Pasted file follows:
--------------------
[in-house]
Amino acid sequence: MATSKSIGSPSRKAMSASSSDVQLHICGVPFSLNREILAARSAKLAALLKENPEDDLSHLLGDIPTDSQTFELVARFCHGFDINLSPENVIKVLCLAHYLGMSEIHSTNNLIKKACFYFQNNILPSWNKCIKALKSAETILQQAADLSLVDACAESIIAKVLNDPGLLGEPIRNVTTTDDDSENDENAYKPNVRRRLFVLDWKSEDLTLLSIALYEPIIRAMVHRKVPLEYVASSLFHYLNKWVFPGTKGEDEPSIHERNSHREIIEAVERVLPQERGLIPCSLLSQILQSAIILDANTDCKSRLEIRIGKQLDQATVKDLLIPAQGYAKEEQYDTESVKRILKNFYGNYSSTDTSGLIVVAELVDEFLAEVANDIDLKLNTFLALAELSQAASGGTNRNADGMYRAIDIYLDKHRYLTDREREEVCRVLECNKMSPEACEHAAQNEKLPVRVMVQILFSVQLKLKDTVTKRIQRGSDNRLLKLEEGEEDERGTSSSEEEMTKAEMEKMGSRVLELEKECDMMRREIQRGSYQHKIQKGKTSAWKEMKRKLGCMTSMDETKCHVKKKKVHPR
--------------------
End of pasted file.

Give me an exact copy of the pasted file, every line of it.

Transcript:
[in-house]
Amino acid sequence: MATSKSIGSPSRKAMSASSSDVQLHICGVPFSLNREILAARSAKLAALLKENPEDDLSHLLGDIPTDSQTFELVARFCHGFDINLSPENVIKVLCLAHYLGMSEIHSTNNLIKKACFYFQNNILPSWNKCIKALKSAETILQQAADLSLVDACAESIIAKVLNDPGLLGEPIRNVTTTDDDSENDENAYKPNVRRRLFVLDWKSEDLTLLSIALYEPIIRAMVHRKVPLEYVASSLFHYLNKWVFPGTKGEDEPSIHERNSHREIIEAVERVLPQERGLIPCSLLSQILQSAIILDANTDCKSRLEIRIGKQLDQATVKDLLIPAQGYAKEEQYDTESVKRILKNFYGNYSSTDTSGLIVVAELVDEFLAEVANDIDLKLNTFLALAELSQAASGGTNRNADGMYRAIDIYLDKHRYLTDREREEVCRVLECNKMSPEACEHAAQNEKLPVRVMVQILFSVQLKLKDTVTKRIQRGSDNRLLKLEEGEEDERGTSSSEEEMTKAEMEKMGSRVLELEKECDMMRREIQRGSYQHKIQKGKTSAWKEMKRKLGCMTSMDETKCHVKKKKVHPR